“Okay, we’re 30m underwater on a ley line and we’re heading for some squid,” or words to that effect. Such is my greeting from artist Kaffe Matthews.
My response is helpless excitement. I lie on my back on the shark platform and look up at the murky green light. You can well imagine the hammerheads are up there.
Oscillators pump out a generative soundscape. Tremors pass through me from the matted platform. And it feels as if we are really travelling at speed.
Matthews is a diver as well as a composer. And she has really swum with hammerheads so has really earned a right to the data which drives this piece.
The raw materials for this music are the topographies of the ocean floor and the depths, speeds, and directions of six tagged shark specimens.
And here is where it gets cosmic: hammerheads navigate using electromagnetic fields. So as this piece follows them, it recreates on dry land the invisible forces which bind oceans in place.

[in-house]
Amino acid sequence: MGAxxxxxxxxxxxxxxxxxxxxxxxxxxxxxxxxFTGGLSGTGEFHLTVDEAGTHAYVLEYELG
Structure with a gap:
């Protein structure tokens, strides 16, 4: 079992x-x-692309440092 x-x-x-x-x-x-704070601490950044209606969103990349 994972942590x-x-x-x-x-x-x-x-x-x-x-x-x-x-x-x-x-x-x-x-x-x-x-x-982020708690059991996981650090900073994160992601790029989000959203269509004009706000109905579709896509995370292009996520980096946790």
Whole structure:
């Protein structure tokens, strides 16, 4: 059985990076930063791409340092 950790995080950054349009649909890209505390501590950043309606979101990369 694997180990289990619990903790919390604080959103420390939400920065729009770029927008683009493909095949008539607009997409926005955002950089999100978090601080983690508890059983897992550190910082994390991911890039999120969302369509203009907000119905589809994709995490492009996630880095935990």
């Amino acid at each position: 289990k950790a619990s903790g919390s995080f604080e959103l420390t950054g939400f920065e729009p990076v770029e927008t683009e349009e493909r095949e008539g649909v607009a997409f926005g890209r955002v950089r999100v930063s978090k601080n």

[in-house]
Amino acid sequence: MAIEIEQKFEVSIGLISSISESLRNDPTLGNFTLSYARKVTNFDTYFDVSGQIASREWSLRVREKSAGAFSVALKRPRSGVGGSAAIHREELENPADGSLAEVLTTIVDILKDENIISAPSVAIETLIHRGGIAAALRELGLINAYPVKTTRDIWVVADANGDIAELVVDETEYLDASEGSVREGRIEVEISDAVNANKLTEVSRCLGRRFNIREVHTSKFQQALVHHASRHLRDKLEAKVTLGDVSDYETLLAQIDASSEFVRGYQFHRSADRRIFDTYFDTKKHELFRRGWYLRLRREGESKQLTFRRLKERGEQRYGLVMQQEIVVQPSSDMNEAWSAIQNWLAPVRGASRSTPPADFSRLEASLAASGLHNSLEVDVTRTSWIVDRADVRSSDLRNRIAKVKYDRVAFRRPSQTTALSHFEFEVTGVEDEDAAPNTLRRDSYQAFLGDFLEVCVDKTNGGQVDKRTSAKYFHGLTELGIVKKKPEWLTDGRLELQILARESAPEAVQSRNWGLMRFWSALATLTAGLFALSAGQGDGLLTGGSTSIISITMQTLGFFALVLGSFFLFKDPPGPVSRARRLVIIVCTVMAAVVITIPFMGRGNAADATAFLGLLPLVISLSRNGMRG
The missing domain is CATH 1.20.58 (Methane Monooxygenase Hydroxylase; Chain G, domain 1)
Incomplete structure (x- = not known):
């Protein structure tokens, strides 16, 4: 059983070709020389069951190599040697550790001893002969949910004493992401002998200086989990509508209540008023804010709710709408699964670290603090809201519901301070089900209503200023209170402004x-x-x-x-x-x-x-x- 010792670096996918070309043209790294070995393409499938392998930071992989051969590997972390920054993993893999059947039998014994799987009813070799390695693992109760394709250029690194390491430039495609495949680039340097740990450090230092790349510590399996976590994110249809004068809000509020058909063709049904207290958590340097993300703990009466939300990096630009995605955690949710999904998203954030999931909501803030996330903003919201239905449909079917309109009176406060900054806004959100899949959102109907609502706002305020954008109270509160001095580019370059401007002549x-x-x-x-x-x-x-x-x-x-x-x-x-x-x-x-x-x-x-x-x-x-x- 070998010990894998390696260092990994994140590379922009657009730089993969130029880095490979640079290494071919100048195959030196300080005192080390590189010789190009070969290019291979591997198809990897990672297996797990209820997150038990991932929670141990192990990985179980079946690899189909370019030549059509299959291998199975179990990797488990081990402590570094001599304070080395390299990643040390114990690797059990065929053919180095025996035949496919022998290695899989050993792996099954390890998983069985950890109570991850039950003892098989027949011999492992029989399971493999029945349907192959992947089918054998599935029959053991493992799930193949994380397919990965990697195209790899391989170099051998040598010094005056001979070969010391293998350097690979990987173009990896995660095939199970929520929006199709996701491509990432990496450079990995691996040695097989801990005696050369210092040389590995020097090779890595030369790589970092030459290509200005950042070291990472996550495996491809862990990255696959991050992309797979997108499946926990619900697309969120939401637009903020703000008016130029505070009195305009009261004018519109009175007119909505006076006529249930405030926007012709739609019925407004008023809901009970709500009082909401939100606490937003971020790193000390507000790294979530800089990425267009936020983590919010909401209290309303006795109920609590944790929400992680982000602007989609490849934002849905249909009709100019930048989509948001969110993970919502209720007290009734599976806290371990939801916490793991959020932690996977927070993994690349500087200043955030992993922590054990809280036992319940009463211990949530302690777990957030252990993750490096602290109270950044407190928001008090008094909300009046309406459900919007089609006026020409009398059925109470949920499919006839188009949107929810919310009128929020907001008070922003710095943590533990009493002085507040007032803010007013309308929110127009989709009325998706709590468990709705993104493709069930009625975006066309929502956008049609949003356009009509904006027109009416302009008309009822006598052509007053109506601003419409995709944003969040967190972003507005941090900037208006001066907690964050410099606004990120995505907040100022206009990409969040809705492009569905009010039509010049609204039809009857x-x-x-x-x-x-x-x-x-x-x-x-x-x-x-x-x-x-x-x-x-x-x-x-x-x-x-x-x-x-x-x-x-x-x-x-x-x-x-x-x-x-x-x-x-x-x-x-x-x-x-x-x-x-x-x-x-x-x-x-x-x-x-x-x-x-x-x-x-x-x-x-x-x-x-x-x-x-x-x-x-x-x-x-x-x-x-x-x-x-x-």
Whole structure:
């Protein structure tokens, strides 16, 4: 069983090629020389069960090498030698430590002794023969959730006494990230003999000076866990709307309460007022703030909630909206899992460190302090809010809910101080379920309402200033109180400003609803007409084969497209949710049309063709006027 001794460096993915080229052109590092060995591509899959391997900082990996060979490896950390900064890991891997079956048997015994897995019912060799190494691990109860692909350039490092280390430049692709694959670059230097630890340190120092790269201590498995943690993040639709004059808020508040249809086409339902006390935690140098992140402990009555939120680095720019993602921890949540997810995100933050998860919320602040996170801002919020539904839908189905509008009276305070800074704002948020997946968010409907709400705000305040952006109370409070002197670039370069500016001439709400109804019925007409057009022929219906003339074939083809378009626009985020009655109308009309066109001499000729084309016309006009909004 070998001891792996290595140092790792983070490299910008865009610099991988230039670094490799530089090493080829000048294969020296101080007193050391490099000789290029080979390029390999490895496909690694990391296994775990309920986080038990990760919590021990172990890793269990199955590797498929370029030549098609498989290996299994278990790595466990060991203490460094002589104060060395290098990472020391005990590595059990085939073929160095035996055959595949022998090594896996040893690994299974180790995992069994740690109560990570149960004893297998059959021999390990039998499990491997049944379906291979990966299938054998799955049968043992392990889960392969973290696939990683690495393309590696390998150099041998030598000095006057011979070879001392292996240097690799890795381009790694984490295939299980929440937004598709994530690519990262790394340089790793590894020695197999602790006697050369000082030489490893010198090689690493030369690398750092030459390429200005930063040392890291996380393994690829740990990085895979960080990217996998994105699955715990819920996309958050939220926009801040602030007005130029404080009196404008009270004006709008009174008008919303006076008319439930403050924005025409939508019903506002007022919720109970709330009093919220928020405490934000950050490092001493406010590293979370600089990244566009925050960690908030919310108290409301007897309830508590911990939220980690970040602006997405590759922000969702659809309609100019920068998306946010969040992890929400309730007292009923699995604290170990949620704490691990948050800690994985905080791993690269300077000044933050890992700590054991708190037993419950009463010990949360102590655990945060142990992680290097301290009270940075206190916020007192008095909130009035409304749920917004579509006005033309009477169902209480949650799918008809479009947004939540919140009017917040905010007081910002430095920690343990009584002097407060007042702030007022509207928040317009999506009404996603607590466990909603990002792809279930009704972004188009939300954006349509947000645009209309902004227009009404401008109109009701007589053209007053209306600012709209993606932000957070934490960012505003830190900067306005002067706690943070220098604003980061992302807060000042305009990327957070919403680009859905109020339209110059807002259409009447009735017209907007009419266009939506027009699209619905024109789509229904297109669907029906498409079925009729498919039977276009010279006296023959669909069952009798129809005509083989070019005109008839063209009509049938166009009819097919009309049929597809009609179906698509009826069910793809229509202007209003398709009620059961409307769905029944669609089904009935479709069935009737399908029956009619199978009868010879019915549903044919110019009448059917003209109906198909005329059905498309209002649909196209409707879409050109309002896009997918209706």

As a result it is hard to get off the mat again, hard to break free from its magnetic pull. It is thrilling, yet as free from danger as Matthews’ dives must have been fraught. whatever she says.
Up until now, one might have figured that Damien Hirst was responsible for the world’s most badass shark art. But his pickled tiger now has a serious contender.
And surely everyone will come out of the water here singing the praises of this art, not to mention the joy of sharing minutes of your life with some prehistoric fish.